Journal of Social Philosophy 51 (3):371-390 (2020)

Tom Parr
University of Essex
Paul Billingham
Oxford University
We are witnessing increasing use of the Internet, particular social media, to criticize (perceived or actual) moral failings and misdemeanors. This phenomenon of so-called ‘online public shaming’ could provide a powerful tool for reinforcing valuable social norms. But it also threatens unwarranted and severe punishments meted out by online mobs. This paper analyses the dangers associated with the informal enforcement of norms, drawing on Locke, but also highlights its promise, drawing on recent discussions of social norms. We then consider two crucial conditions that online public shaming must meet in order to be justifiable: proportionality and accountability. We argue that these requirements are in fact frequently violated, rendering most cases of online public shaming unjustified. While the use of online public shaming against others’ vices has some apparent virtues, it is currently rarely justified, given its own vices.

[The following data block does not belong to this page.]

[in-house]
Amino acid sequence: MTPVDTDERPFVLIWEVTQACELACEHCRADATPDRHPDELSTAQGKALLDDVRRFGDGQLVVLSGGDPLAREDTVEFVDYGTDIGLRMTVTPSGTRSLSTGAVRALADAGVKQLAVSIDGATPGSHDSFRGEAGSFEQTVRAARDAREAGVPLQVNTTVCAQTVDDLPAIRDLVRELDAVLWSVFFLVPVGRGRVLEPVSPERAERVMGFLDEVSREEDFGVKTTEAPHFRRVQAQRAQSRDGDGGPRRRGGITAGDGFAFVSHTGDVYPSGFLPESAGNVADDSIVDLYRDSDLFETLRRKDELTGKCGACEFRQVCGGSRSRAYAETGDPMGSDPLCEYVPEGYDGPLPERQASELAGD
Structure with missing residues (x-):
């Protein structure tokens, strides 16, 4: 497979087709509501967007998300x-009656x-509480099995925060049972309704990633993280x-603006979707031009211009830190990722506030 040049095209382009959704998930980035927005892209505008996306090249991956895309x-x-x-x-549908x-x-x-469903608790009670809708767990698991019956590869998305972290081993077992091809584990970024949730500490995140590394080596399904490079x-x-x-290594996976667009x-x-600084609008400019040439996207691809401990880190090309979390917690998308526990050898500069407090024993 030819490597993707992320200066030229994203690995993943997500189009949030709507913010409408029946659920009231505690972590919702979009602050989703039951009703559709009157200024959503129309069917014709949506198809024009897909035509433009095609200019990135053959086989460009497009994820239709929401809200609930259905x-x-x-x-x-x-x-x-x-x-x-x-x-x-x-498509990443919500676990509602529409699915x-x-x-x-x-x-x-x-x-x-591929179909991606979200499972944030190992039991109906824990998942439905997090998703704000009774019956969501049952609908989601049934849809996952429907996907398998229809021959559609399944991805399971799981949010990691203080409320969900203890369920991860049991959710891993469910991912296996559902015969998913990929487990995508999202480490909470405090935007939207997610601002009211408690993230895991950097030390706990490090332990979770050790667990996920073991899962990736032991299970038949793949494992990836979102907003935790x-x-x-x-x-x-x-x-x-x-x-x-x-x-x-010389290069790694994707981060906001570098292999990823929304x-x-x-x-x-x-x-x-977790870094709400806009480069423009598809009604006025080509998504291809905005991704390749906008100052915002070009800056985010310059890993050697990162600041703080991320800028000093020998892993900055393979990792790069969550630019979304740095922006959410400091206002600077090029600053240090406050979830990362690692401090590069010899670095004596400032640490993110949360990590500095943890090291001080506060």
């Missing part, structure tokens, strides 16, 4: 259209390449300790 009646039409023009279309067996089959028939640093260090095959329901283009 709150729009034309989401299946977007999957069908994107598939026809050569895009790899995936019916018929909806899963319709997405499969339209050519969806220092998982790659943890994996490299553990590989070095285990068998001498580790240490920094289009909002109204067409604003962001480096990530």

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DOI 10.1111/josp.12308
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References found in this work BETA

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Citations of this work BETA

Non‐Paradigmatic Punishments.Helen Brown Coverdale & Bill Wringe - 2022 - Philosophy Compass 17 (5):e12824.
The Moral Risks of Online Shaming.Krista Thomason - 2021 - In Oxford Handbook of Digital Ethics. New York, NY, USA: Oxford University Press.
The Problem of Public Shaming.Harrison Frye - 2022 - Journal of Political Philosophy 30 (2):188-208.
The Technology of Public Shaming.Harrison Frye - 2021 - Social Philosophy and Policy 38 (2):128-145.

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